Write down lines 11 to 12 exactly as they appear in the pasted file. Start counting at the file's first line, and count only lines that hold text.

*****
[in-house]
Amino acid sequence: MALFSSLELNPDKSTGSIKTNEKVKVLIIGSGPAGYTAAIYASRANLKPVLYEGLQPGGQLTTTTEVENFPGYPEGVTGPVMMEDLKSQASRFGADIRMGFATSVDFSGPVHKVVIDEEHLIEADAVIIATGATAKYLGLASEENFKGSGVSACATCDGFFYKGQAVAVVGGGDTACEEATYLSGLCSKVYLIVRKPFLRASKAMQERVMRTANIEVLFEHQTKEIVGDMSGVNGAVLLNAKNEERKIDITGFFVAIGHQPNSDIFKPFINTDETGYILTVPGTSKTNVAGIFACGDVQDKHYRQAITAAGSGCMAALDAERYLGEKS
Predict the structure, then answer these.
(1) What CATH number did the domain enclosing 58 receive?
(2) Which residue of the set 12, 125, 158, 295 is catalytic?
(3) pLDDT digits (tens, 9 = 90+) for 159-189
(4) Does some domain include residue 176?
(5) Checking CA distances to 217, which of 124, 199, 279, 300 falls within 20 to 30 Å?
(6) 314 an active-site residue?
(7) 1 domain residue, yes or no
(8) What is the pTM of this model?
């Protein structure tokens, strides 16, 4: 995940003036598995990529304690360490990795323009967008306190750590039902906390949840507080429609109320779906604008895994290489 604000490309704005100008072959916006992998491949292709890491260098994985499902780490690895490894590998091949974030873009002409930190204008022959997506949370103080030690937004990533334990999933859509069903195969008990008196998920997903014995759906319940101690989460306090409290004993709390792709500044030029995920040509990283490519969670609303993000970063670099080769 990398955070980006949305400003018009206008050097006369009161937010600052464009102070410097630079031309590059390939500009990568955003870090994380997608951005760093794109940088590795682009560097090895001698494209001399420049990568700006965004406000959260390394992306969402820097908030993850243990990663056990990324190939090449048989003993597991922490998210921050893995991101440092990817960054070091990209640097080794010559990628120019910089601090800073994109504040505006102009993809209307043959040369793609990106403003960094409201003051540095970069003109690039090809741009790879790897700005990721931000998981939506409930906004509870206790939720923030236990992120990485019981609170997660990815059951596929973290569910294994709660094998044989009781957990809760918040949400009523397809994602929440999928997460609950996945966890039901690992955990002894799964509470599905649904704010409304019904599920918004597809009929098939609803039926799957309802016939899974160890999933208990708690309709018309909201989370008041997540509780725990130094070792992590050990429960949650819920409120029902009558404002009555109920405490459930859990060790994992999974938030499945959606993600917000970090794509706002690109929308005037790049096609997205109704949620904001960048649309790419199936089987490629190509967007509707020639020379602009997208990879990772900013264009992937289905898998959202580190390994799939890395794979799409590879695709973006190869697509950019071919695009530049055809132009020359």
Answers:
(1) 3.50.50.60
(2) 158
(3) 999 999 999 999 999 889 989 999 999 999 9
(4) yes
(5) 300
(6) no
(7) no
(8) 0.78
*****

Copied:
(8) What is the pTM of this model?
């Protein structure tokens, strides 16, 4: 995940003036598995990529304690360490990795323009967008306190750590039902906390949840507080429609109320779906604008895994290489 604000490309704005100008072959916006992998491949292709890491260098994985499902780490690895490894590998091949974030873009002409930190204008022959997506949370103080030690937004990533334990999933859509069903195969008990008196998920997903014995759906319940101690989460306090409290004993709390792709500044030029995920040509990283490519969670609303993000970063670099080769 990398955070980006949305400003018009206008050097006369009161937010600052464009102070410097630079031309590059390939500009990568955003870090994380997608951005760093794109940088590795682009560097090895001698494209001399420049990568700006965004406000959260390394992306969402820097908030993850243990990663056990990324190939090449048989003993597991922490998210921050893995991101440092990817960054070091990209640097080794010559990628120019910089601090800073994109504040505006102009993809209307043959040369793609990106403003960094409201003051540095970069003109690039090809741009790879790897700005990721931000998981939506409930906004509870206790939720923030236990992120990485019981609170997660990815059951596929973290569910294994709660094998044989009781957990809760918040949400009523397809994602929440999928997460609950996945966890039901690992955990002894799964509470599905649904704010409304019904599920918004597809009929098939609803039926799957309802016939899974160890999933208990708690309709018309909201989370008041997540509780725990130094070792992590050990429960949650819920409120029902009558404002009555109920405490459930859990060790994992999974938030499945959606993600917000970090794509706002690109929308005037790049096609997205109704949620904001960048649309790419199936089987490629190509967007509707020639020379602009997208990879990772900013264009992937289905898998959202580190390994799939890395794979799409590879695709973006190869697509950019071919695009530049055809132009020359």